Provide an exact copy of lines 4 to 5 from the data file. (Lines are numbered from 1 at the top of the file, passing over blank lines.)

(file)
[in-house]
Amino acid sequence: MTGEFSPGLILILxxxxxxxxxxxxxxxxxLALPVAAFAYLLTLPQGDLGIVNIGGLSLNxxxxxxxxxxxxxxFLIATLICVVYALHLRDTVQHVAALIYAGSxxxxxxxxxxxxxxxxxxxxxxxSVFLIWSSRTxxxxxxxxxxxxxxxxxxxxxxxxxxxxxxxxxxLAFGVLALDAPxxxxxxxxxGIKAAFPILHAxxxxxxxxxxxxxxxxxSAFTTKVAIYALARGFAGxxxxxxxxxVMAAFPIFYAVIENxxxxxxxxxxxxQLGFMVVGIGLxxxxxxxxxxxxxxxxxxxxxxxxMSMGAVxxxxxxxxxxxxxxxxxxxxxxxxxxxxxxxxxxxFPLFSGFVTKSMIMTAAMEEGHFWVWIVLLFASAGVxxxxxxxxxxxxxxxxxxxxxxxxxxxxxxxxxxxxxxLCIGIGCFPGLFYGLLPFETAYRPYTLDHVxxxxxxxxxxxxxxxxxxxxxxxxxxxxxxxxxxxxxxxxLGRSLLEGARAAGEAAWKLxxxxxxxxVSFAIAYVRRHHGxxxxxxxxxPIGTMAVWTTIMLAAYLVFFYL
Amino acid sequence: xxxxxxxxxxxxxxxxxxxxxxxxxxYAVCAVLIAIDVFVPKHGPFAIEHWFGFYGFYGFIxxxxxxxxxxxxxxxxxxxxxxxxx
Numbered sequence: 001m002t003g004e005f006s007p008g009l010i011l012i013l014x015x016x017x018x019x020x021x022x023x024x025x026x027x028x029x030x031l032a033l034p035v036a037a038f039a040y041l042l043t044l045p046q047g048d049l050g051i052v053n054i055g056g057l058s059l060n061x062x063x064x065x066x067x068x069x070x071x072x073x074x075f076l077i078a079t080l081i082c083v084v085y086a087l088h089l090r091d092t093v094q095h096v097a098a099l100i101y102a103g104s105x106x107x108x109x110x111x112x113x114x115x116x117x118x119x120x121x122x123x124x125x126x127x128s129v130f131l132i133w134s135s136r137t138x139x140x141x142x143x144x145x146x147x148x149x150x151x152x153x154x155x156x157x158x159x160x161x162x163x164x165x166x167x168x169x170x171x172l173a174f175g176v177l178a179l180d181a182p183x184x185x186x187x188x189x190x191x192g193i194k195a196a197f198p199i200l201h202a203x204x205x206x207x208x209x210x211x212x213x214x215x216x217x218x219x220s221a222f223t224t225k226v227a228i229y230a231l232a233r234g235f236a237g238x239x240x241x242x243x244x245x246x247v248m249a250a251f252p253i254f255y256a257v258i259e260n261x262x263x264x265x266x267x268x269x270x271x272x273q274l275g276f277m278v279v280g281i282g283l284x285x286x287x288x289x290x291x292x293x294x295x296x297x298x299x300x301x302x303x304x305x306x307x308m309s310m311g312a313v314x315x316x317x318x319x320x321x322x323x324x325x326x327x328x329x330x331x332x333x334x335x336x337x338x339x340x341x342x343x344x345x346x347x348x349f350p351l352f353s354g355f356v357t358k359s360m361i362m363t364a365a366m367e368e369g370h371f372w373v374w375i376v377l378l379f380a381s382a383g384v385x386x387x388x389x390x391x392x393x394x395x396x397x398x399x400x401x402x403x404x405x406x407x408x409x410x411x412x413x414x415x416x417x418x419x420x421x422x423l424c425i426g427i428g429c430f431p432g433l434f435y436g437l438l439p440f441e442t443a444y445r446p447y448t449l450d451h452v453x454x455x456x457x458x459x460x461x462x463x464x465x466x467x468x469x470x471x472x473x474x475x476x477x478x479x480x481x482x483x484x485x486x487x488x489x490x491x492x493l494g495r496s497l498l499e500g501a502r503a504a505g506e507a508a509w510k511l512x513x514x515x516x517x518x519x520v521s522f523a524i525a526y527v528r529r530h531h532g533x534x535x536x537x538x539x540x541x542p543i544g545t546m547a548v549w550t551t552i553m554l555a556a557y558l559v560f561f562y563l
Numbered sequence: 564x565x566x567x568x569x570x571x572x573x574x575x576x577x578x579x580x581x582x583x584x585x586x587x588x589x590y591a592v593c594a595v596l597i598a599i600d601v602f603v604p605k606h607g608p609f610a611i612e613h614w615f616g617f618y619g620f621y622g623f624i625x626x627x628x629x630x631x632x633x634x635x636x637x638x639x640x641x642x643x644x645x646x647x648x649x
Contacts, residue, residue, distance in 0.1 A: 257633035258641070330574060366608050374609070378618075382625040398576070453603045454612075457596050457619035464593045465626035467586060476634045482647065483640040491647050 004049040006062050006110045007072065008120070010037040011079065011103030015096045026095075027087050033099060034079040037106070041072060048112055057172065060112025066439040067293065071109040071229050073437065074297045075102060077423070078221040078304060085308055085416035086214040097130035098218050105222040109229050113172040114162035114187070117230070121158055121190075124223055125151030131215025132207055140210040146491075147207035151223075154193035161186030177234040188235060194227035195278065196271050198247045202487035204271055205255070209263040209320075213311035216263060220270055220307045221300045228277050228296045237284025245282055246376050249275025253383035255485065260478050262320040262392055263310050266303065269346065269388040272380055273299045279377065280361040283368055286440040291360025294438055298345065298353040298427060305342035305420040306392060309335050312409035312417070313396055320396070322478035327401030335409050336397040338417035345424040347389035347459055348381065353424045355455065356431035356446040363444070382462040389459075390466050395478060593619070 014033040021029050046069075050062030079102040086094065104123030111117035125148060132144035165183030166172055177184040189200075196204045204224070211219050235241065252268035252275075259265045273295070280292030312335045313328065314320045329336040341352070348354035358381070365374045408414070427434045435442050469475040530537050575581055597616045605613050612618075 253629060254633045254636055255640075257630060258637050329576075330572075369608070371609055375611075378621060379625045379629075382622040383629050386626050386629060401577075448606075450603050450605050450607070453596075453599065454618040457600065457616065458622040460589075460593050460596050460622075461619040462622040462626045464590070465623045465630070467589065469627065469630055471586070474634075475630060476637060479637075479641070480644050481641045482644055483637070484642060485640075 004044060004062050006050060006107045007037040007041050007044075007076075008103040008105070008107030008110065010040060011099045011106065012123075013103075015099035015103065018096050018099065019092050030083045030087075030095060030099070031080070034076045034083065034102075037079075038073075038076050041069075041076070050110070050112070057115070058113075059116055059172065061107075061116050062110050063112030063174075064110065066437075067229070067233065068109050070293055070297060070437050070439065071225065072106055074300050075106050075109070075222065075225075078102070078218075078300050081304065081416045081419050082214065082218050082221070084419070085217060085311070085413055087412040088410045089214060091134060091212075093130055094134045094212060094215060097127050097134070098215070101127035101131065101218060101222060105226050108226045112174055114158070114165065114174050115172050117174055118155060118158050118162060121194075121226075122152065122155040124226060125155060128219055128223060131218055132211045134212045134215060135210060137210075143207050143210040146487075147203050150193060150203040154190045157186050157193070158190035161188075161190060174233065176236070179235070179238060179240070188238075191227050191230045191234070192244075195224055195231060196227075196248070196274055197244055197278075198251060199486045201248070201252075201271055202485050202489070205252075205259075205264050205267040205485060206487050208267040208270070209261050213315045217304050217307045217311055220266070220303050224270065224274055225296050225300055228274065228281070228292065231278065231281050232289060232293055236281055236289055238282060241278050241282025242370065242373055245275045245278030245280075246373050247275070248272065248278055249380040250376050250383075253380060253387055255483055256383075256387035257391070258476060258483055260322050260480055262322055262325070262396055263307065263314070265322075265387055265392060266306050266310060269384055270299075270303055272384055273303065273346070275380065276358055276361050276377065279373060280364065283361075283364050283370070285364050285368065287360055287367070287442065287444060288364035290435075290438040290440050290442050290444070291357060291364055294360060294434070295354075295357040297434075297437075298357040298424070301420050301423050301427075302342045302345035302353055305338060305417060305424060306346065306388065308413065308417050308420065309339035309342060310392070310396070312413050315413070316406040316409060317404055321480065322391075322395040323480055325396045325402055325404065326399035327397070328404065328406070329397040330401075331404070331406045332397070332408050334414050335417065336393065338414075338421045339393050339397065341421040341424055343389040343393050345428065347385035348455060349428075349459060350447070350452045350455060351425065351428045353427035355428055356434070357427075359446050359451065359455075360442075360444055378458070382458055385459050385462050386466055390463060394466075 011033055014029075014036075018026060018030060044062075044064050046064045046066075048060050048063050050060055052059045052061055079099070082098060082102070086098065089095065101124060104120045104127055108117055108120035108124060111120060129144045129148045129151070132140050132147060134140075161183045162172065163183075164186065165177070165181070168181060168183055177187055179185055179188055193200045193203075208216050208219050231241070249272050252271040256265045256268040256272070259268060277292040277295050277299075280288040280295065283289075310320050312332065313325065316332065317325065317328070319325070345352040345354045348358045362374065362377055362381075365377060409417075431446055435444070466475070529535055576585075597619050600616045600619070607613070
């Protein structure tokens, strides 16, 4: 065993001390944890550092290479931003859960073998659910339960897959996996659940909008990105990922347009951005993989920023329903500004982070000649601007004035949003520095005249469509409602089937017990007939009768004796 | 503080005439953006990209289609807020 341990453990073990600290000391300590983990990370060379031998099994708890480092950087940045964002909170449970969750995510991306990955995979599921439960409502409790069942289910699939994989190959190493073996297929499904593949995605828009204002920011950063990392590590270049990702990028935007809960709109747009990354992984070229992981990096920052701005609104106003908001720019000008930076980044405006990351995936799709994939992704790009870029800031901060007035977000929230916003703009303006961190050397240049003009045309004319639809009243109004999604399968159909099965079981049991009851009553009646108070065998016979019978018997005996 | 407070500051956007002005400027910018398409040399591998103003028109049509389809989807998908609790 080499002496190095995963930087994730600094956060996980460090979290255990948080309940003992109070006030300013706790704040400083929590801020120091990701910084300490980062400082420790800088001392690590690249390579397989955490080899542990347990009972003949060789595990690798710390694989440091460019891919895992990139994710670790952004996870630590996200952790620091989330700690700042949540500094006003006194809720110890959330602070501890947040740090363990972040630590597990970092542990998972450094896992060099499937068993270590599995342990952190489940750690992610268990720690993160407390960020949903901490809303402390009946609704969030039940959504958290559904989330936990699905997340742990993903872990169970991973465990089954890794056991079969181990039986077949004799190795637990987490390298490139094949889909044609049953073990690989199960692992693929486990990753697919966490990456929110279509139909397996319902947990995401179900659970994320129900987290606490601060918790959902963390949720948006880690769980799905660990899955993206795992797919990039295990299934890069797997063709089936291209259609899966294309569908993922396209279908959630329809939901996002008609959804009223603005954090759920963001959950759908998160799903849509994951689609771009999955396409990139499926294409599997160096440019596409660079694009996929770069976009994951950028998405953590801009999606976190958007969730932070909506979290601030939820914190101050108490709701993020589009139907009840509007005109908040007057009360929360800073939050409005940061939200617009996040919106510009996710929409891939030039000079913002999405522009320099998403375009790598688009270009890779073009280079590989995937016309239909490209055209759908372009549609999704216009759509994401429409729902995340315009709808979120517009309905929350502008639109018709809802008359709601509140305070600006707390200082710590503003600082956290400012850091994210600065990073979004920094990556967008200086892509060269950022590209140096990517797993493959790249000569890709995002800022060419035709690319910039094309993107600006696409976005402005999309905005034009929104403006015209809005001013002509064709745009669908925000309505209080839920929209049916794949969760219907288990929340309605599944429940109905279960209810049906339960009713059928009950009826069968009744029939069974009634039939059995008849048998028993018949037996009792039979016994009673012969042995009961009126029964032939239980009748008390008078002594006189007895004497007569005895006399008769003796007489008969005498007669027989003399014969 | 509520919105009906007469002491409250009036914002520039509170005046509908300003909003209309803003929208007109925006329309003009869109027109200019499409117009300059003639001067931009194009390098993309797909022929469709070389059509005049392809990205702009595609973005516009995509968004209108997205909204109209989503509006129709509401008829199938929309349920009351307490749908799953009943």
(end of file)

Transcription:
Numbered sequence: 001m002t003g004e005f006s007p008g009l010i011l012i013l014x015x016x017x018x019x020x021x022x023x024x025x026x027x028x029x030x031l032a033l034p035v036a037a038f039a040y041l042l043t044l045p046q047g048d049l050g051i052v053n054i055g056g057l058s059l060n061x062x063x064x065x066x067x068x069x070x071x072x073x074x075f076l077i078a079t080l081i082c083v084v085y086a087l088h089l090r091d092t093v094q095h096v097a098a099l100i101y102a103g104s105x106x107x108x109x110x111x112x113x114x115x116x117x118x119x120x121x122x123x124x125x126x127x128s129v130f131l132i133w134s135s136r137t138x139x140x141x142x143x144x145x146x147x148x149x150x151x152x153x154x155x156x157x158x159x160x161x162x163x164x165x166x167x168x169x170x171x172l173a174f175g176v177l178a179l180d181a182p183x184x185x186x187x188x189x190x191x192g193i194k195a196a197f198p199i200l201h202a203x204x205x206x207x208x209x210x211x212x213x214x215x216x217x218x219x220s221a222f223t224t225k226v227a228i229y230a231l232a233r234g235f236a237g238x239x240x241x242x243x244x245x246x247v248m249a250a251f252p253i254f255y256a257v258i259e260n261x262x263x264x265x266x267x268x269x270x271x272x273q274l275g276f277m278v279v280g281i282g283l284x285x286x287x288x289x290x291x292x293x294x295x296x297x298x299x300x301x302x303x304x305x306x307x308m309s310m311g312a313v314x315x316x317x318x319x320x321x322x323x324x325x326x327x328x329x330x331x332x333x334x335x336x337x338x339x340x341x342x343x344x345x346x347x348x349f350p351l352f353s354g355f356v357t358k359s360m361i362m363t364a365a366m367e368e369g370h371f372w373v374w375i376v377l378l379f380a381s382a383g384v385x386x387x388x389x390x391x392x393x394x395x396x397x398x399x400x401x402x403x404x405x406x407x408x409x410x411x412x413x414x415x416x417x418x419x420x421x422x423l424c425i426g427i428g429c430f431p432g433l434f435y436g437l438l439p440f441e442t443a444y445r446p447y448t449l450d451h452v453x454x455x456x457x458x459x460x461x462x463x464x465x466x467x468x469x470x471x472x473x474x475x476x477x478x479x480x481x482x483x484x485x486x487x488x489x490x491x492x493l494g495r496s497l498l499e500g501a502r503a504a505g506e507a508a509w510k511l512x513x514x515x516x517x518x519x520v521s522f523a524i525a526y527v528r529r530h531h532g533x534x535x536x537x538x539x540x541x542p543i544g545t546m547a548v549w550t551t552i553m554l555a556a557y558l559v560f561f562y563l
Numbered sequence: 564x565x566x567x568x569x570x571x572x573x574x575x576x577x578x579x580x581x582x583x584x585x586x587x588x589x590y591a592v593c594a595v596l597i598a599i600d601v602f603v604p605k606h607g608p609f610a611i612e613h614w615f616g617f618y619g620f621y622g623f624i625x626x627x628x629x630x631x632x633x634x635x636x637x638x639x640x641x642x643x644x645x646x647x648x649x